16.2.1  Introduction

Often some participants are excluded from analyses of randomized trials, either because they were lost to follow-up and no outcome was obtained, or because there was some deviation from the protocol, such as receiving the wrong (or no) treatment, lack of compliance, or ineligibility. Alternatively, it may be impossible to measure certain outcomes for all participants because their availability depends on another outcome (see Section 16.2.4).  As discussed in detail in Chapter 8 (Section 8.13), an estimated intervention effect may be biased if some randomized participants are excluded from the analysis. Intention-to-treat (ITT) analysis aims to include all participants randomized into a trial irrespective of what happened subsequently (Newell 1992, Lewis 1993). ITT analyses are generally preferred as they are unbiased, and also because they address a more pragmatic and clinically relevant question.

 

The following principles of ITT analyses are described in Chapter 8 (Section 8.13).

  1. Keep participants in the intervention groups to which they were randomized, regardless of the intervention they actually received.

  2. Measure outcome data on all participants.

  3. Include all randomized participants in the analysis.

There is no clear consensus on whether all criteria should be applied (Hollis 1999). While the first is widely agreed, the second is often impossible and the third is contentious, since to include participants whose outcomes are unknown (mainly through loss to follow-up) involves imputing (‘filling-in’) the missing data (see Section 16.1.2).

 

An analysis in which data are analysed for every participant for whom the outcome was obtained is often described as an available case analysis. Some trial reports present analyses of the results of only those participants who completed the trial and who complied with (or received some of) their allocated intervention. Some authors incorrectly call this an ITT analysis, but it is in fact a per-protocol analysis. Furthermore, some authors analyse participants only according to the actual interventions received, irrespective of the randomized allocations (treatment-received analysis). It is generally unwise to accept study authors’ description of an analysis as ITT; such a judgement should be based on the detailed information provided.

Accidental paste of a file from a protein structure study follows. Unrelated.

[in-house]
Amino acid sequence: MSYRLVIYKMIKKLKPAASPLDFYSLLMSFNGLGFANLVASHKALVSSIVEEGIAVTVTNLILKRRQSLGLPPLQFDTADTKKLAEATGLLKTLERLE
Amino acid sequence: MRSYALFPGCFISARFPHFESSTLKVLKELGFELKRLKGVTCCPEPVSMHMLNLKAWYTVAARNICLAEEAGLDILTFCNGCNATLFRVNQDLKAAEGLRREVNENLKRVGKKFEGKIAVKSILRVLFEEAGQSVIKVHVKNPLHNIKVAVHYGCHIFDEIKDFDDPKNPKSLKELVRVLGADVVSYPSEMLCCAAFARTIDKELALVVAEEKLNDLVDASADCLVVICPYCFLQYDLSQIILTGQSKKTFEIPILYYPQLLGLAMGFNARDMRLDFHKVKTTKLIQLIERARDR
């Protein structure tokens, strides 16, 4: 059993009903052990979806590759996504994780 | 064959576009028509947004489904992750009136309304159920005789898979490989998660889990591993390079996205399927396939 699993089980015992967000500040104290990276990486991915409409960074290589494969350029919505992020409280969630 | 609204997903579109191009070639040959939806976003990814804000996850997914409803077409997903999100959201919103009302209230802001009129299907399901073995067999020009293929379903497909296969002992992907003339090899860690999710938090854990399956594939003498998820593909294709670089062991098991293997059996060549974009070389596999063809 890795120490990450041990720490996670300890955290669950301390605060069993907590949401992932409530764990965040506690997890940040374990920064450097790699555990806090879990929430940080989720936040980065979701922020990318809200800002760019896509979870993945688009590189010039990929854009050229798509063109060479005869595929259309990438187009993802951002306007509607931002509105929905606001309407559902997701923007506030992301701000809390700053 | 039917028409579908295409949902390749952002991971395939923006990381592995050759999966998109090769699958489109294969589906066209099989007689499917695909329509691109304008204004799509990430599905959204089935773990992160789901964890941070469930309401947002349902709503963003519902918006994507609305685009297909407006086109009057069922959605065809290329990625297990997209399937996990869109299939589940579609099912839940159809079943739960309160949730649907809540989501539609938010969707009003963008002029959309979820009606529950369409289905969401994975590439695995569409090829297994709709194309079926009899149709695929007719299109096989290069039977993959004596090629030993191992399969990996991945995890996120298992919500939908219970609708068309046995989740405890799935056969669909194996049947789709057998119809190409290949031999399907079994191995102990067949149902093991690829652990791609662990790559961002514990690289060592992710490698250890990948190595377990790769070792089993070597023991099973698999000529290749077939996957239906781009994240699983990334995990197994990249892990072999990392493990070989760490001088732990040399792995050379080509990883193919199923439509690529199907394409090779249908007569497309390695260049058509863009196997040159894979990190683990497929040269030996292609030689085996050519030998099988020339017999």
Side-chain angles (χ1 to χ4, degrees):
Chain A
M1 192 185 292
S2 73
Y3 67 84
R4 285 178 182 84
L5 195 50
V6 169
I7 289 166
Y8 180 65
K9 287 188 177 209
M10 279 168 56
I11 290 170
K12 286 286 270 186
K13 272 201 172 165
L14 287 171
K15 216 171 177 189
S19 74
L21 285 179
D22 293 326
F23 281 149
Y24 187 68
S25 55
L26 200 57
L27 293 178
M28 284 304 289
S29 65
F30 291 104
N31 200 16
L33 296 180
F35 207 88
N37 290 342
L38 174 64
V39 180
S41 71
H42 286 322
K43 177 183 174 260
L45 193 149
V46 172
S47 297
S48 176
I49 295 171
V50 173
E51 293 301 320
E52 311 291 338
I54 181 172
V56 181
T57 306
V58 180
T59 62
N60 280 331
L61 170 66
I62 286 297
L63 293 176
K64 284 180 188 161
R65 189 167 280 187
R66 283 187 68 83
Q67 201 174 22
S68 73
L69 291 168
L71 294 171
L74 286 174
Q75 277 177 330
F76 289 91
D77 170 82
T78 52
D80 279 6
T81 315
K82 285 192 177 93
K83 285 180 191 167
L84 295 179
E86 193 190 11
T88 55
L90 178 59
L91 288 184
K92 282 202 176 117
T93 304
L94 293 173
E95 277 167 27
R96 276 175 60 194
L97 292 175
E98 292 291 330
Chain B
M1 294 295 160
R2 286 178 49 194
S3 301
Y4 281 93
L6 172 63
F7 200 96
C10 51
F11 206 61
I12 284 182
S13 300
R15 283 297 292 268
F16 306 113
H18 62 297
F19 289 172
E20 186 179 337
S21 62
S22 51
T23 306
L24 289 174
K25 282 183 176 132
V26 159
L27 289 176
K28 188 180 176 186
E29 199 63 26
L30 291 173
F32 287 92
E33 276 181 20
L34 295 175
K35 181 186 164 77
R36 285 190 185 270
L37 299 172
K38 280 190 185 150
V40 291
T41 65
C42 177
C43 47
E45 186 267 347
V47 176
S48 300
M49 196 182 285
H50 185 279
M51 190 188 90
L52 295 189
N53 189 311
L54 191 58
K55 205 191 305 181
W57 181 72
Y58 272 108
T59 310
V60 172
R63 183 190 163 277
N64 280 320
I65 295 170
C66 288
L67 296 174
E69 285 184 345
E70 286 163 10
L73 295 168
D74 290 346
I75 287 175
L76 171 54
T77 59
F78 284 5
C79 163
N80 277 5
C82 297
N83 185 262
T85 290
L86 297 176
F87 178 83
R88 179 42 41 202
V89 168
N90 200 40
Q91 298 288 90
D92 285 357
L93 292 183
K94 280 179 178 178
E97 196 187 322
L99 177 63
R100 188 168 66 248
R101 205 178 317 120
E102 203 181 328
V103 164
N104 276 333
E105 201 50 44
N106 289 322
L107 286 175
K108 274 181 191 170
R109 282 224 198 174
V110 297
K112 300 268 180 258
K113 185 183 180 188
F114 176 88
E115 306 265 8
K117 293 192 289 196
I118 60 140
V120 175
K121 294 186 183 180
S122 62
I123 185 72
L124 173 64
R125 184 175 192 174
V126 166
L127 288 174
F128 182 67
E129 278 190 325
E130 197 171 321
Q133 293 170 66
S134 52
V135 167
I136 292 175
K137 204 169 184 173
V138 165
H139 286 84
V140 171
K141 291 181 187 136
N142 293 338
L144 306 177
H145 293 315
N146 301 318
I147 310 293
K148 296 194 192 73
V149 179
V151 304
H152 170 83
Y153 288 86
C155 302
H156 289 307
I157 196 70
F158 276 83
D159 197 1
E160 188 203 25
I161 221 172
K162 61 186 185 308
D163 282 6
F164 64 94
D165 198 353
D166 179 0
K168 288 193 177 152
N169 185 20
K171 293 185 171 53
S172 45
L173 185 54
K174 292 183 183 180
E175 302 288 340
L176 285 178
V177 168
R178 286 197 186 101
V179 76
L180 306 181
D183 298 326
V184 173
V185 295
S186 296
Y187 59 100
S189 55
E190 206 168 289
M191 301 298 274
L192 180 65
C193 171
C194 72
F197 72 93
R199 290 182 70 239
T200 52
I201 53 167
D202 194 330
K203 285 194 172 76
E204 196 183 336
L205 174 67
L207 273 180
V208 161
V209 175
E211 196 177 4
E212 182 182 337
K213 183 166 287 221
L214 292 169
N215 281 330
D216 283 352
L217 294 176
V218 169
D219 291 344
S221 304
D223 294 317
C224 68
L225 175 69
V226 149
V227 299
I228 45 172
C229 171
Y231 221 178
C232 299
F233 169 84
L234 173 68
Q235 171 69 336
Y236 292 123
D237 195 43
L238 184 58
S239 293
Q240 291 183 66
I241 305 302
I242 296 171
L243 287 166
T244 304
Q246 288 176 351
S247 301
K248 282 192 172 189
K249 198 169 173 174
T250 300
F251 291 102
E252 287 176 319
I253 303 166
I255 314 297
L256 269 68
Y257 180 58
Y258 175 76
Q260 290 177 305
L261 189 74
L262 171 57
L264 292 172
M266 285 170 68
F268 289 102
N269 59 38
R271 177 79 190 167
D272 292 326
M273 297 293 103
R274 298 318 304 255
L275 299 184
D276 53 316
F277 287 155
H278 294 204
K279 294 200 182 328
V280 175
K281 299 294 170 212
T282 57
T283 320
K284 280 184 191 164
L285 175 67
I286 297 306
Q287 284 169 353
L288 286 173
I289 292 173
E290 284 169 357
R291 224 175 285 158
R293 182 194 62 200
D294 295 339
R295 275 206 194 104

Many (but not all) people consider that available case and ITT analyses are not appropriate when assessing unintended (adverse) effects, as it is wrong to attribute these to a treatment that somebody did not receive. As ITT analyses tend to bias the results towards no difference they may not be the most appropriate when attempting to establish equivalence or non-inferiority of a treatment.

 

In most situations, authors should attempt to extract from papers the data to enable at least an available case analysis. Avoidable exclusions should be ‘re-included’ if possible. In some rare situations it is possible to create a genuine ITT analysis from information presented in the text and tables of the paper, or by obtaining extra information from the author about participants who were followed up but excluded from the trial report. If this is possible without imputing study results, it should be done.

 

Otherwise, it may appear that an intention-to-treat analysis can be produced by using imputation. This involves making assumptions about the outcomes of participants for whom no outcome was recorded. However, many imputation analyses differ from available case analyses only in having an unwarranted inflation in apparent precision.  Assessing the results of studies in the presence of more than minimal amounts of missing data is ultimately a matter of judgement, as discussed in Chapter 8 (Section 8.13). Statistical analysis cannot reliably compensate for missing data (Unnebrink 2001). No assumption is likely adequately to reflect the truth, and the impact of any assumption should be assessed by trying more than one method as a sensitivity analysis (see Chapter 9, Section 9.7).

 

In the next two sections we consider some ways to take account of missing observations for dichotomous or continuous outcomes. Although imputation is possible, at present a sensible decision in most cases is to include data for only those participants whose results are known, and address the potential impact of the missing data in the assessment of risk of bias (Chapter 8, Section 8.13). Where imputation is used the methods and assumptions for imputing data for drop-outs should be described in the Methods section of the protocol and review.

 

If individual participant data are available, then detailed sensitivity analyses can be considered. Review authors in this position are referred to the extensive literature on dealing with missing data in clinical trials (Little 2004). Participants excluded from analyses in published reports should typically be re-included when possible, as is the case when individual participant data are available (Stewart 1995). Information should be requested from the trial authors when sufficient details are not available in published reports to re-include exclude participants in analyses.